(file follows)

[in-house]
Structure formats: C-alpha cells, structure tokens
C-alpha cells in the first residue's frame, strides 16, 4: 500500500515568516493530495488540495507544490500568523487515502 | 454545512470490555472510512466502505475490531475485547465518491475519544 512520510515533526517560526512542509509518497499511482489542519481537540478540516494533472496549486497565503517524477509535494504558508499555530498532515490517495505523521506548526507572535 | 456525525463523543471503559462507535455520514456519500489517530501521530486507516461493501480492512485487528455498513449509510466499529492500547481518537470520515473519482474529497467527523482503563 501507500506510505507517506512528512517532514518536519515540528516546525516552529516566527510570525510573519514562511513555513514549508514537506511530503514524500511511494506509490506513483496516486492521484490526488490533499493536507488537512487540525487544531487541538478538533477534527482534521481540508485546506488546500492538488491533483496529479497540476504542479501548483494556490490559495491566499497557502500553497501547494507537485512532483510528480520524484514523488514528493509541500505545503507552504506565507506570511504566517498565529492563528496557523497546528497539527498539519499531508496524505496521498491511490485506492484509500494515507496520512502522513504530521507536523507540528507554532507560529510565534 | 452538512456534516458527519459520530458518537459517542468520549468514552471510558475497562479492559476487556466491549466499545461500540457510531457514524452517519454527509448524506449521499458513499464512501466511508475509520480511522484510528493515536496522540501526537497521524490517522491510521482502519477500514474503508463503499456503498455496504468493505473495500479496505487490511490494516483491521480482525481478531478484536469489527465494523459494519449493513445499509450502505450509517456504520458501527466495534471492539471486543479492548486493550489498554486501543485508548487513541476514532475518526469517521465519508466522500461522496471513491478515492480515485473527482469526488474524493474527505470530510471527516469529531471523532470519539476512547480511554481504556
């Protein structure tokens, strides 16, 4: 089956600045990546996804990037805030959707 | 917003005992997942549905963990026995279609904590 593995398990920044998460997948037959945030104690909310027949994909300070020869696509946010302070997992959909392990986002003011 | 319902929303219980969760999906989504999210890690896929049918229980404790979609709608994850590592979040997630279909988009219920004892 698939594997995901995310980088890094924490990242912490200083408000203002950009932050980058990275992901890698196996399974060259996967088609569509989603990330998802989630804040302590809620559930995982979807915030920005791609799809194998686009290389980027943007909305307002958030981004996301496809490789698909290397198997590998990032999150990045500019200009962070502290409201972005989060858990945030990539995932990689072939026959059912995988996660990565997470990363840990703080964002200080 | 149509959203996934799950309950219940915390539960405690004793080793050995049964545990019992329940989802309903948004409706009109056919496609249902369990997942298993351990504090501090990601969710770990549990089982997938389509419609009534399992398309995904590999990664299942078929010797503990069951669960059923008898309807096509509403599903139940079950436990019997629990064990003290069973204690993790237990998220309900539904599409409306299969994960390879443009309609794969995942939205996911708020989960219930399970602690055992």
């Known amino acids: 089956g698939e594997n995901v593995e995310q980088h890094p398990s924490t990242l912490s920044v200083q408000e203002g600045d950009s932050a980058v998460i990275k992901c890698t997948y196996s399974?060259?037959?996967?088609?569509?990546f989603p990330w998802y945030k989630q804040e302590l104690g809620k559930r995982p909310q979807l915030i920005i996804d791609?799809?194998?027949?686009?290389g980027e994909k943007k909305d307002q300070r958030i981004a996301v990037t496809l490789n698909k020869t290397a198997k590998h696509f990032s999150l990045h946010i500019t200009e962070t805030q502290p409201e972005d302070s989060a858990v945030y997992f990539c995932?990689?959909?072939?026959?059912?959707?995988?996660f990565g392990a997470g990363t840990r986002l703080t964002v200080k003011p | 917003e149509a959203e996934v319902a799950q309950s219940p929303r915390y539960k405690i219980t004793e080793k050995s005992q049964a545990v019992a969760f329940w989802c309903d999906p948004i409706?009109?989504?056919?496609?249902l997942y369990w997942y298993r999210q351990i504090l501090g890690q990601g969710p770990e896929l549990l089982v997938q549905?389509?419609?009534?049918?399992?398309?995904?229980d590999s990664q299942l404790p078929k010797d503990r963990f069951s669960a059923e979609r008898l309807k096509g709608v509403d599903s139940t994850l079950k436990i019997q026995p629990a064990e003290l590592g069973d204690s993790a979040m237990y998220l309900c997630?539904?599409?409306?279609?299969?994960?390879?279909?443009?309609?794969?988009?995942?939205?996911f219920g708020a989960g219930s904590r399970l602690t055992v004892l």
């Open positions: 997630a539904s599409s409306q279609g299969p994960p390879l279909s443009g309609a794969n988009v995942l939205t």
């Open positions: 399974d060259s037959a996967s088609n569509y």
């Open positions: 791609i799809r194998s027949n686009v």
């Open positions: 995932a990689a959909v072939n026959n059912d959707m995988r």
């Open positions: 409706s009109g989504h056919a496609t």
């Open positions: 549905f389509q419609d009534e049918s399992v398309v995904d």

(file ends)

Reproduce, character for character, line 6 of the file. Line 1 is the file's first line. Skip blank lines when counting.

């Open positions: 997630a539904s599409s409306q279609g299969p994960p390879l279909s443009g309609a794969n988009v995942l939205t």